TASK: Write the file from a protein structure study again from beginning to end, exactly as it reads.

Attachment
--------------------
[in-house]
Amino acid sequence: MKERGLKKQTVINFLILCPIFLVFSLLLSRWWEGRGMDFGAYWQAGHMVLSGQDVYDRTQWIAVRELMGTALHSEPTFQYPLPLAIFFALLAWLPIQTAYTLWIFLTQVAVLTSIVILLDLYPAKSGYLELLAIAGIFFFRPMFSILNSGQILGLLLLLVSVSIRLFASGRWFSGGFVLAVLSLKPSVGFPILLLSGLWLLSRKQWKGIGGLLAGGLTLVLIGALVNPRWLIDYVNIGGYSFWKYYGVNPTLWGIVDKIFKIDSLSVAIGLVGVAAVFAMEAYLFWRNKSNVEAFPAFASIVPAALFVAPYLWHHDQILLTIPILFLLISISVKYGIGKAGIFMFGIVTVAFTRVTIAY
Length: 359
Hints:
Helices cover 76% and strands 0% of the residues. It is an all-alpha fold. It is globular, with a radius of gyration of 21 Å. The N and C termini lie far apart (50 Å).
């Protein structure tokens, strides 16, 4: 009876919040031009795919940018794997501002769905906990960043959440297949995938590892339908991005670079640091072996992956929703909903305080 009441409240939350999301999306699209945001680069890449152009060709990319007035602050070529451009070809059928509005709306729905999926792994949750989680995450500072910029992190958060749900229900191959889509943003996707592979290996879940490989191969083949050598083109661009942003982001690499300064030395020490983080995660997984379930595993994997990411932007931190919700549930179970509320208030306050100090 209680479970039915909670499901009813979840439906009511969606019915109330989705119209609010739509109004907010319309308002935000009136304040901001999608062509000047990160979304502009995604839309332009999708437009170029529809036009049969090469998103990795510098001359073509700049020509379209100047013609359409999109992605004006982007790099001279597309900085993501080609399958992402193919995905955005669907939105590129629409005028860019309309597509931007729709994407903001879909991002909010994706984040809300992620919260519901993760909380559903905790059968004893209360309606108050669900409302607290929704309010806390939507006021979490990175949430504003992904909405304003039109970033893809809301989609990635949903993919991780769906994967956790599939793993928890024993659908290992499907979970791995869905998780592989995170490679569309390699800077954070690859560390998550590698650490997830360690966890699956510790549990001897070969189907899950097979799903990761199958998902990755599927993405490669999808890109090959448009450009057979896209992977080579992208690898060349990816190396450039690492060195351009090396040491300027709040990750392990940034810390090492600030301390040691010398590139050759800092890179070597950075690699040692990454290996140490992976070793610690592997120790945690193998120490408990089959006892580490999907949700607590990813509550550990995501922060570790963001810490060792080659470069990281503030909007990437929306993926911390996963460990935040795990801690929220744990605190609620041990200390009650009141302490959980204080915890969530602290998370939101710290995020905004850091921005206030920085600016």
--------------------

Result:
[in-house]
Amino acid sequence: MKERGLKKQTVINFLILCPIFLVFSLLLSRWWEGRGMDFGAYWQAGHMVLSGQDVYDRTQWIAVRELMGTALHSEPTFQYPLPLAIFFALLAWLPIQTAYTLWIFLTQVAVLTSIVILLDLYPAKSGYLELLAIAGIFFFRPMFSILNSGQILGLLLLLVSVSIRLFASGRWFSGGFVLAVLSLKPSVGFPILLLSGLWLLSRKQWKGIGGLLAGGLTLVLIGALVNPRWLIDYVNIGGYSFWKYYGVNPTLWGIVDKIFKIDSLSVAIGLVGVAAVFAMEAYLFWRNKSNVEAFPAFASIVPAALFVAPYLWHHDQILLTIPILFLLISISVKYGIGKAGIFMFGIVTVAFTRVTIAY
Length: 359
Hints:
Helices cover 76% and strands 0% of the residues. It is an all-alpha fold. It is globular, with a radius of gyration of 21 Å. The N and C termini lie far apart (50 Å).
């Protein structure tokens, strides 16, 4: 009876919040031009795919940018794997501002769905906990960043959440297949995938590892339908991005670079640091072996992956929703909903305080 009441409240939350999301999306699209945001680069890449152009060709990319007035602050070529451009070809059928509005709306729905999926792994949750989680995450500072910029992190958060749900229900191959889509943003996707592979290996879940490989191969083949050598083109661009942003982001690499300064030395020490983080995660997984379930595993994997990411932007931190919700549930179970509320208030306050100090 209680479970039915909670499901009813979840439906009511969606019915109330989705119209609010739509109004907010319309308002935000009136304040901001999608062509000047990160979304502009995604839309332009999708437009170029529809036009049969090469998103990795510098001359073509700049020509379209100047013609359409999109992605004006982007790099001279597309900085993501080609399958992402193919995905955005669907939105590129629409005028860019309309597509931007729709994407903001879909991002909010994706984040809300992620919260519901993760909380559903905790059968004893209360309606108050669900409302607290929704309010806390939507006021979490990175949430504003992904909405304003039109970033893809809301989609990635949903993919991780769906994967956790599939793993928890024993659908290992499907979970791995869905998780592989995170490679569309390699800077954070690859560390998550590698650490997830360690966890699956510790549990001897070969189907899950097979799903990761199958998902990755599927993405490669999808890109090959448009450009057979896209992977080579992208690898060349990816190396450039690492060195351009090396040491300027709040990750392990940034810390090492600030301390040691010398590139050759800092890179070597950075690699040692990454290996140490992976070793610690592997120790945690193998120490408990089959006892580490999907949700607590990813509550550990995501922060570790963001810490060792080659470069990281503030909007990437929306993926911390996963460990935040795990801690929220744990605190609620041990200390009650009141302490959980204080915890969530602290998370939101710290995020905004850091921005206030920085600016």